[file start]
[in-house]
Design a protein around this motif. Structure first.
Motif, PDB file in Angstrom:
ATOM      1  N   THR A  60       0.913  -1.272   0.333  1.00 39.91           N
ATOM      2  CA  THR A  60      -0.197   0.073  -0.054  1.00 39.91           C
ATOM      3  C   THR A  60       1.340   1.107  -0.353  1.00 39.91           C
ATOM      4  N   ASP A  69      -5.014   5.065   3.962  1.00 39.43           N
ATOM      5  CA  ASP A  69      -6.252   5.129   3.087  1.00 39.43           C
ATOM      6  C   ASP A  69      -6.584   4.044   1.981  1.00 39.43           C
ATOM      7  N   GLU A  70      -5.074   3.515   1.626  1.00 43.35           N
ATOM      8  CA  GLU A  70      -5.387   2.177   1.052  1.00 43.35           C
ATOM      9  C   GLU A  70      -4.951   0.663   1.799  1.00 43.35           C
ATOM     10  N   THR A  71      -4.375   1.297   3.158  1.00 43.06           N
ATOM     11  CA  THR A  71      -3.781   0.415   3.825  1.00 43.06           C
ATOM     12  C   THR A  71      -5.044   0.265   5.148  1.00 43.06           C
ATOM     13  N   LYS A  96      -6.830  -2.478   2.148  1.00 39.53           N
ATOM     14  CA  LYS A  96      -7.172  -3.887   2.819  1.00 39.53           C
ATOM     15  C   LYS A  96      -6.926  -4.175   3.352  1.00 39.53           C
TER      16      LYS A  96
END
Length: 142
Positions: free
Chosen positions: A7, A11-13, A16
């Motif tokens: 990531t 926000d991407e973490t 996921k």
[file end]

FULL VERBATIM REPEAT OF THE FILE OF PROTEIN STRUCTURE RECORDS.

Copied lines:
[in-house]
Design a protein around this motif. Structure first.
Motif, PDB file in Angstrom:
ATOM      1  N   THR A  60       0.913  -1.272   0.333  1.00 39.91           N
ATOM      2  CA  THR A  60      -0.197   0.073  -0.054  1.00 39.91           C
ATOM      3  C   THR A  60       1.340   1.107  -0.353  1.00 39.91           C
ATOM      4  N   ASP A  69      -5.014   5.065   3.962  1.00 39.43           N
ATOM      5  CA  ASP A  69      -6.252   5.129   3.087  1.00 39.43           C
ATOM      6  C   ASP A  69      -6.584   4.044   1.981  1.00 39.43           C
ATOM      7  N   GLU A  70      -5.074   3.515   1.626  1.00 43.35           N
ATOM      8  CA  GLU A  70      -5.387   2.177   1.052  1.00 43.35           C
ATOM      9  C   GLU A  70      -4.951   0.663   1.799  1.00 43.35           C
ATOM     10  N   THR A  71      -4.375   1.297   3.158  1.00 43.06           N
ATOM     11  CA  THR A  71      -3.781   0.415   3.825  1.00 43.06           C
ATOM     12  C   THR A  71      -5.044   0.265   5.148  1.00 43.06           C
ATOM     13  N   LYS A  96      -6.830  -2.478   2.148  1.00 39.53           N
ATOM     14  CA  LYS A  96      -7.172  -3.887   2.819  1.00 39.53           C
ATOM     15  C   LYS A  96      -6.926  -4.175   3.352  1.00 39.53           C
TER      16      LYS A  96
END
Length: 142
Positions: free
Chosen positions: A7, A11-13, A16
């Motif tokens: 990531t 926000d991407e973490t 996921k």